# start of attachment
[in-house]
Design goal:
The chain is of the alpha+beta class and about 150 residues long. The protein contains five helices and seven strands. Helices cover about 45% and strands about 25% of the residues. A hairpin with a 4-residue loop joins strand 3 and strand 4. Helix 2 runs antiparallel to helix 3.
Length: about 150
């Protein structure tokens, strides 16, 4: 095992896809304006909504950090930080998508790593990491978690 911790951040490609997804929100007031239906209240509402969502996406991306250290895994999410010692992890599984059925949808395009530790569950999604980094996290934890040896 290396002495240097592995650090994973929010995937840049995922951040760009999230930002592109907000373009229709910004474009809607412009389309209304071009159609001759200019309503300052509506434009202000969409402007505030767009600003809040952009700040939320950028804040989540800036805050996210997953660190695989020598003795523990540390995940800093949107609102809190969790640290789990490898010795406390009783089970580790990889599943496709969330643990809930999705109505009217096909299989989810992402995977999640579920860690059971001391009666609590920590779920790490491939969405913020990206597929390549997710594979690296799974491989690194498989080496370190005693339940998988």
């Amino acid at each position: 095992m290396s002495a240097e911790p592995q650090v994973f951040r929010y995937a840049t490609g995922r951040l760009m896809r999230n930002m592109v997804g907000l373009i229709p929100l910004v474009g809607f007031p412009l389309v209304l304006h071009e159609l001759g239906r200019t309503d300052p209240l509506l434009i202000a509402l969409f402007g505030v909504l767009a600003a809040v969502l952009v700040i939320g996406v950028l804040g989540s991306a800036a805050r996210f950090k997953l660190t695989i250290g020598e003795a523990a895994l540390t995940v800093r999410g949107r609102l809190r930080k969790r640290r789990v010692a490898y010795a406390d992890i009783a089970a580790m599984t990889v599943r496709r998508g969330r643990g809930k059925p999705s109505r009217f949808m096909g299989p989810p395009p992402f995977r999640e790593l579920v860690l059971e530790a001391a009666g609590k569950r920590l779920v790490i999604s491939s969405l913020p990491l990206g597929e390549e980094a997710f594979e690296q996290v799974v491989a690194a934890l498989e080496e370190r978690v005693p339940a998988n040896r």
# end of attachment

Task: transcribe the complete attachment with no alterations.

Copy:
[in-house]
Design goal:
The chain is of the alpha+beta class and about 150 residues long. The protein contains five helices and seven strands. Helices cover about 45% and strands about 25% of the residues. A hairpin with a 4-residue loop joins strand 3 and strand 4. Helix 2 runs antiparallel to helix 3.
Length: about 150
């Protein structure tokens, strides 16, 4: 095992896809304006909504950090930080998508790593990491978690 911790951040490609997804929100007031239906209240509402969502996406991306250290895994999410010692992890599984059925949808395009530790569950999604980094996290934890040896 290396002495240097592995650090994973929010995937840049995922951040760009999230930002592109907000373009229709910004474009809607412009389309209304071009159609001759200019309503300052509506434009202000969409402007505030767009600003809040952009700040939320950028804040989540800036805050996210997953660190695989020598003795523990540390995940800093949107609102809190969790640290789990490898010795406390009783089970580790990889599943496709969330643990809930999705109505009217096909299989989810992402995977999640579920860690059971001391009666609590920590779920790490491939969405913020990206597929390549997710594979690296799974491989690194498989080496370190005693339940998988």
């Amino acid at each position: 095992m290396s002495a240097e911790p592995q650090v994973f951040r929010y995937a840049t490609g995922r951040l760009m896809r999230n930002m592109v997804g907000l373009i229709p929100l910004v474009g809607f007031p412009l389309v209304l304006h071009e159609l001759g239906r200019t309503d300052p209240l509506l434009i202000a509402l969409f402007g505030v909504l767009a600003a809040v969502l952009v700040i939320g996406v950028l804040g989540s991306a800036a805050r996210f950090k997953l660190t695989i250290g020598e003795a523990a895994l540390t995940v800093r999410g949107r609102l809190r930080k969790r640290r789990v010692a490898y010795a406390d992890i009783a089970a580790m599984t990889v599943r496709r998508g969330r643990g809930k059925p999705s109505r009217f949808m096909g299989p989810p395009p992402f995977r999640e790593l579920v860690l059971e530790a001391a009666g609590k569950r920590l779920v790490i999604s491939s969405l913020p990491l990206g597929e390549e980094a997710f594979e690296q996290v799974v491989a690194a934890l498989e080496e370190r978690v005693p339940a998988n040896r």